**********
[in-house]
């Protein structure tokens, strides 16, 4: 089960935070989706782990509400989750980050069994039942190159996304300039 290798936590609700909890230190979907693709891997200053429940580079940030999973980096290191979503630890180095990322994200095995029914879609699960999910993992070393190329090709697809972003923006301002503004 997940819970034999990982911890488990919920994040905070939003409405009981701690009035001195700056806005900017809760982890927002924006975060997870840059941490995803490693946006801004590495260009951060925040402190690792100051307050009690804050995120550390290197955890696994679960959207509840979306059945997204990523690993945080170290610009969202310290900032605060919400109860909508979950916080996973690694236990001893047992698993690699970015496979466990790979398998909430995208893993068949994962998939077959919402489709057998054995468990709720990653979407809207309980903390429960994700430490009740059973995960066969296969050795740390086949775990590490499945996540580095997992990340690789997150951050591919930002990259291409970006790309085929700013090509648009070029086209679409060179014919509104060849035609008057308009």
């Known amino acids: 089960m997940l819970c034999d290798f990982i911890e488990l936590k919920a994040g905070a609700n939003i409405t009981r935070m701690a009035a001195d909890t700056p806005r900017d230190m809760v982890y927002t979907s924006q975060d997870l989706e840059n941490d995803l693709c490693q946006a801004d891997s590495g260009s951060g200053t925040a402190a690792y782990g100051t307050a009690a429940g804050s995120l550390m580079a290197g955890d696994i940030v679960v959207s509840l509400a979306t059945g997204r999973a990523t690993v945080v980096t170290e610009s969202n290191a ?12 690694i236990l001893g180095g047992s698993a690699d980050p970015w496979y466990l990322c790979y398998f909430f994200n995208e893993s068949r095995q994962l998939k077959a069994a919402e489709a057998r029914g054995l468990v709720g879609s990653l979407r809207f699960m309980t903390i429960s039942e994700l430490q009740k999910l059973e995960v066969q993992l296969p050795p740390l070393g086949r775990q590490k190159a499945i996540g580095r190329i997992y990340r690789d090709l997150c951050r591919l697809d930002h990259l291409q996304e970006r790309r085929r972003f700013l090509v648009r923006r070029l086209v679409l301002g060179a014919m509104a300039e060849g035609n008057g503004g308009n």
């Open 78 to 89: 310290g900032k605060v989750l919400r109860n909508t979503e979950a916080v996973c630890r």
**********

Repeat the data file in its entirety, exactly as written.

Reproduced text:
[in-house]
């Protein structure tokens, strides 16, 4: 089960935070989706782990509400989750980050069994039942190159996304300039 290798936590609700909890230190979907693709891997200053429940580079940030999973980096290191979503630890180095990322994200095995029914879609699960999910993992070393190329090709697809972003923006301002503004 997940819970034999990982911890488990919920994040905070939003409405009981701690009035001195700056806005900017809760982890927002924006975060997870840059941490995803490693946006801004590495260009951060925040402190690792100051307050009690804050995120550390290197955890696994679960959207509840979306059945997204990523690993945080170290610009969202310290900032605060919400109860909508979950916080996973690694236990001893047992698993690699970015496979466990790979398998909430995208893993068949994962998939077959919402489709057998054995468990709720990653979407809207309980903390429960994700430490009740059973995960066969296969050795740390086949775990590490499945996540580095997992990340690789997150951050591919930002990259291409970006790309085929700013090509648009070029086209679409060179014919509104060849035609008057308009």
């Known amino acids: 089960m997940l819970c034999d290798f990982i911890e488990l936590k919920a994040g905070a609700n939003i409405t009981r935070m701690a009035a001195d909890t700056p806005r900017d230190m809760v982890y927002t979907s924006q975060d997870l989706e840059n941490d995803l693709c490693q946006a801004d891997s590495g260009s951060g200053t925040a402190a690792y782990g100051t307050a009690a429940g804050s995120l550390m580079a290197g955890d696994i940030v679960v959207s509840l509400a979306t059945g997204r999973a990523t690993v945080v980096t170290e610009s969202n290191a ?12 690694i236990l001893g180095g047992s698993a690699d980050p970015w496979y466990l990322c790979y398998f909430f994200n995208e893993s068949r095995q994962l998939k077959a069994a919402e489709a057998r029914g054995l468990v709720g879609s990653l979407r809207f699960m309980t903390i429960s039942e994700l430490q009740k999910l059973e995960v066969q993992l296969p050795p740390l070393g086949r775990q590490k190159a499945i996540g580095r190329i997992y990340r690789d090709l997150c951050r591919l697809d930002h990259l291409q996304e970006r790309r085929r972003f700013l090509v648009r923006r070029l086209v679409l301002g060179a014919m509104a300039e060849g035609n008057g503004g308009n």
């Open 78 to 89: 310290g900032k605060v989750l919400r109860n909508t979503e979950a916080v996973c630890r």